2. This makes me think of an argument I had years back with someone over the Final Fantasy 7 villain, Sephiroth. He’s one of the most popular characters from the franchise and is seem as an awesome badass. My friend hates him because he feels Sephiroth was designed specifically to be cool. I argued that all the characters he is compared to came after him, but my friend went on a rant about how characters shouldn’t be created simply to be seen as ‘cool’. So it is a person’s opinion, but if a writer tries too hard it can backfire.

    • You know, that’s a really good point. I wonder if Mako was designed with that in mind and fans are reacting to that under the belief that they’re being manipulated. Granted, there’s no pleasing everyone. Does anyone watch the Fast and Furious movies because they hope to see uncool people?

      I agree that a writer shouldn’t try too hard, like trying too hard with humor. I guess it’s hard when you strive after something so subjective.

      • Is it wrong that next to Vin Diesel, Ludacris is my favorite character from that series?

        I say it a lot, but it’s really true that readers easily figure out when something is being forced.

    • Yeah, I thought about the Fonz. And you’re right, Jill. Times have changed. I don’t think I could watch an episode of Happy Days now.
      Thanks! Happy Thanksgiving to you too!

  3. Maybe it’s my age, but I honestly never worry about that. Most of characters are socially awkward in some way or another. I like to think that makes them more sympathetic to readers. James is, I suppose “cool” in the sense of being unflappable, but that’s because he has Catskinner to bail him out of dangerous situations.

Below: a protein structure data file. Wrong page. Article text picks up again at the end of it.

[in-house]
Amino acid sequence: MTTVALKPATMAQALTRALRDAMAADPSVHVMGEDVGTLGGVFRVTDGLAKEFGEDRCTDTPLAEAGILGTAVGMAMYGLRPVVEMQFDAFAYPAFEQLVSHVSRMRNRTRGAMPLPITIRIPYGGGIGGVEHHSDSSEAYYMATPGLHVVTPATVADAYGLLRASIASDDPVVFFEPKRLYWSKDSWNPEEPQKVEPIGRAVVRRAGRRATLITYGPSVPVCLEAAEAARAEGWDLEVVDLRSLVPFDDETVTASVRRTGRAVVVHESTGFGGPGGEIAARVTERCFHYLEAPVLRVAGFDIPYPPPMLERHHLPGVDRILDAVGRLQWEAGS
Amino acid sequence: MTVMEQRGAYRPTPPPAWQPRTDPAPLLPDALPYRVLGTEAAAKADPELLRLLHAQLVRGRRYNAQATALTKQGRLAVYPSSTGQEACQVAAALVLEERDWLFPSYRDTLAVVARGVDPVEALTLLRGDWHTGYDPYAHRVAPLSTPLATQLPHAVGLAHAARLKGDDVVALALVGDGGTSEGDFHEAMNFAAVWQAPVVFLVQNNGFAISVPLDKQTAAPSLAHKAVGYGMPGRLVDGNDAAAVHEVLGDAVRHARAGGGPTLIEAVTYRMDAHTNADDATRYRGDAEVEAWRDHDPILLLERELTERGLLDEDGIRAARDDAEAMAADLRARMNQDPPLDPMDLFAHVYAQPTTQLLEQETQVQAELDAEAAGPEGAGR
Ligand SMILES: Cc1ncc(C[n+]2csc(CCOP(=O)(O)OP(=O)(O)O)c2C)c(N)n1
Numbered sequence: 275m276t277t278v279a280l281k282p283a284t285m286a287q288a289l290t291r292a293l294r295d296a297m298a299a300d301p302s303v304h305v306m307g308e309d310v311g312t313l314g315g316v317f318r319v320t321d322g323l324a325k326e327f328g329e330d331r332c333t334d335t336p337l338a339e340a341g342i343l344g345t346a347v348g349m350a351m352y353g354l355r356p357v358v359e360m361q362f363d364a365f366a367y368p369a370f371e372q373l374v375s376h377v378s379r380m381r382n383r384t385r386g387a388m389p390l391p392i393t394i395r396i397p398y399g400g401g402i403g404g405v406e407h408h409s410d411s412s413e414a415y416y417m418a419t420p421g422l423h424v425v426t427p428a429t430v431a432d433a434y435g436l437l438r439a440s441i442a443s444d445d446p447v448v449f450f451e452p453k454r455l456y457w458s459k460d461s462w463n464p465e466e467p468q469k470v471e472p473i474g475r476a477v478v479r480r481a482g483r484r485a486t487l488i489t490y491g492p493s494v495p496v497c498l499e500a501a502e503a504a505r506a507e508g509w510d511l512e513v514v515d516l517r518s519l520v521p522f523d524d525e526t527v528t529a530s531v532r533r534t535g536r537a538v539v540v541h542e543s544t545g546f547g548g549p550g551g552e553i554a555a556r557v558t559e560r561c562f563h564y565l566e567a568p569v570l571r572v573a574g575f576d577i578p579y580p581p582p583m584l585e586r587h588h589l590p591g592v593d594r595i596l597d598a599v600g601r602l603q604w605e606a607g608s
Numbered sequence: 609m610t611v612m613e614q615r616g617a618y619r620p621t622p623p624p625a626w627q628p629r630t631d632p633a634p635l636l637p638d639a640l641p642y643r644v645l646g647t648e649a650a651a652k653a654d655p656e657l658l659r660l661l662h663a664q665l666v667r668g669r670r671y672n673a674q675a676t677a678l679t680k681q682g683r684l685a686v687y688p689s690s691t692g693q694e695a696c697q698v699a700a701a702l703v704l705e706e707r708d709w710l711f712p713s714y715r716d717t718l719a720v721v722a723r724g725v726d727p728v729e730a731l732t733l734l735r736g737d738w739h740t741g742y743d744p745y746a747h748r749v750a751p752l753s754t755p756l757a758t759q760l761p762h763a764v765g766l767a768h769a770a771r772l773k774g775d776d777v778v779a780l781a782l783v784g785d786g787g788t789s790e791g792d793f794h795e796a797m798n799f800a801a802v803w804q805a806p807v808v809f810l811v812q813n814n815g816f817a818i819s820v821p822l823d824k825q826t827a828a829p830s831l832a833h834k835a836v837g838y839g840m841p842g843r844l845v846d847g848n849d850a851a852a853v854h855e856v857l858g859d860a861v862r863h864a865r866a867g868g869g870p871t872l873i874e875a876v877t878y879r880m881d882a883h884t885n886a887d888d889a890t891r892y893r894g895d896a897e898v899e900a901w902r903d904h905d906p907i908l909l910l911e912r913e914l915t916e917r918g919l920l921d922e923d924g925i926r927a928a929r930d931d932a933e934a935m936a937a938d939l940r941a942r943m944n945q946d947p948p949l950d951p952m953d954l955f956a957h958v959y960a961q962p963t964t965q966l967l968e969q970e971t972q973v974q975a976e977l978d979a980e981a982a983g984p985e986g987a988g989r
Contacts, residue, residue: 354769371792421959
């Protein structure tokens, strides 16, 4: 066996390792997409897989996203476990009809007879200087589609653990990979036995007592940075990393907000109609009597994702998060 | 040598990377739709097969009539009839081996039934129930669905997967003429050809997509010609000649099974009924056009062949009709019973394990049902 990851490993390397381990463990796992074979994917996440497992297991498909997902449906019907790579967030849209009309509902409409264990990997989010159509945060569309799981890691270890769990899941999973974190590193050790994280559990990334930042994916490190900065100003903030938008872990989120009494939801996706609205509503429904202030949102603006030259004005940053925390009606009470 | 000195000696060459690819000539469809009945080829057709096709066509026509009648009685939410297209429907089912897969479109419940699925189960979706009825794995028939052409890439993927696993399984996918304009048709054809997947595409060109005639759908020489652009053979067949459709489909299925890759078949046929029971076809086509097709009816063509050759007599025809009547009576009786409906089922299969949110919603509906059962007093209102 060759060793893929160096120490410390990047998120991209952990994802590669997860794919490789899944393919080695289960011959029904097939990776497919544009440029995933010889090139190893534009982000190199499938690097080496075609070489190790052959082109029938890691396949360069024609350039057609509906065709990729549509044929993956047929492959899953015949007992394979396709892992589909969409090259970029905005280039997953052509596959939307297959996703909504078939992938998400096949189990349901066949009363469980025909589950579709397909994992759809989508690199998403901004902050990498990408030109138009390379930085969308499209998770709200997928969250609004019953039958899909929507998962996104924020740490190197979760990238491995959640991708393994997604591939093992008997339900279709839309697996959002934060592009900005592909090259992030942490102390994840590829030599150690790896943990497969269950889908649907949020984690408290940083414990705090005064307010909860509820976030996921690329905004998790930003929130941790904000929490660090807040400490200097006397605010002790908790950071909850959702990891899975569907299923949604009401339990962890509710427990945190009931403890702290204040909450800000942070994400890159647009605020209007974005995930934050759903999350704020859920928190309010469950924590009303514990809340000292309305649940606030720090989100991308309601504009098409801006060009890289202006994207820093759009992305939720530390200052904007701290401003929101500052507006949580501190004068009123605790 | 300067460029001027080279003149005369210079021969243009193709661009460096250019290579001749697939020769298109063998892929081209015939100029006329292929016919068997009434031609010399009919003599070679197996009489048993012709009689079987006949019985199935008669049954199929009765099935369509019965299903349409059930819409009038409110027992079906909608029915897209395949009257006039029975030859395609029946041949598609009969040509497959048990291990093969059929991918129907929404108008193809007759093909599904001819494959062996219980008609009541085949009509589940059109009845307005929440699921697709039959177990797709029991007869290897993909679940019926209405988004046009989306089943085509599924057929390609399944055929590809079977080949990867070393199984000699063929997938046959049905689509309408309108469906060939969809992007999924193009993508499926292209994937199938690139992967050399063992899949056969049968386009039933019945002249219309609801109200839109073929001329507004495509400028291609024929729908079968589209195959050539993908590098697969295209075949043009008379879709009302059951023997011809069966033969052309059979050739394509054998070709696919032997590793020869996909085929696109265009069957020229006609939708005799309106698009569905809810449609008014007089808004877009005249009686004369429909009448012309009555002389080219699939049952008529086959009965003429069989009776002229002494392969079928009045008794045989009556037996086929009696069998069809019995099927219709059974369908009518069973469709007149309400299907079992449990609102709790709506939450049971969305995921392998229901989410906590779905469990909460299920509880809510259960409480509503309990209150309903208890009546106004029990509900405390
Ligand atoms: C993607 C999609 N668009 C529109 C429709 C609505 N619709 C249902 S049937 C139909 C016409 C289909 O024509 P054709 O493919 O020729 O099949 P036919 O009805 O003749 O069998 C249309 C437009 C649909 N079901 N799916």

• And that’s what I also like, Misha–characters who are socially awkward and flawed in other ways too. I’m trying to resist giving this character all of the “cool” weapons under the mistaken notion that such accoutrements somehow make him cool. (And cool catchphrases are out too. :-D)

  4. I’ve never considered making a character “cool” before so that’s a good food for thought. I also agree with Christi above that “cool” is hard to define.
    PS: I’ve been avoiding The Legend Of Korra because of the wait between seasons. I remember how hard it was to wait for The Last Air Bender new seasons. lol

  5. Good, thought provoking post Linda. I can’t say I’ve ever tried to make a character cool and it’s a trait that has never hit my conscious mind while writing. I think, as you mention, cool is in the eye of the beholder and it’s probably something best left unmanipulated by the author. Let the audience decide!

  6. I guess it depends on the age of the reader. I couldn’t tell you what teens think is “cool” because obviously, I am doing something wrong and am NOT cool. hee,hee Cool to me is suave, calm, confident, in control and with a “presence” about him/her. Good luck with your cool character!

  7. I think we all, at some point in our lives, have wanted to be cool or at least have tried to be cool and have been excruciatingly aware that we fell pretty short of the mark – especially during those angsty teenage years (or was that just me?).

    I often find that those characters that stay with me, the ones I really root for, really care for, really get heartbroken over, are those who are uncool. That feeling of being a fraud, of trying to fit in but never quite managing is a very powerful one, and something that I think most people would identify with.

    Maybe rather than just making your character cool, give him the outward appearance of cool whilst deep down have him worry that he isn’t quite cool enough for whatever it is he is reaching/aiming for, that he doesn’t quite measure up. I don’t know your character obviously, so that might be completely wrong for him. But personally, that’s the kind of character that I’d find really interesting, and although they might not rant and rave about how cool he is, I reckon people would root for him because they can identify with that struggle.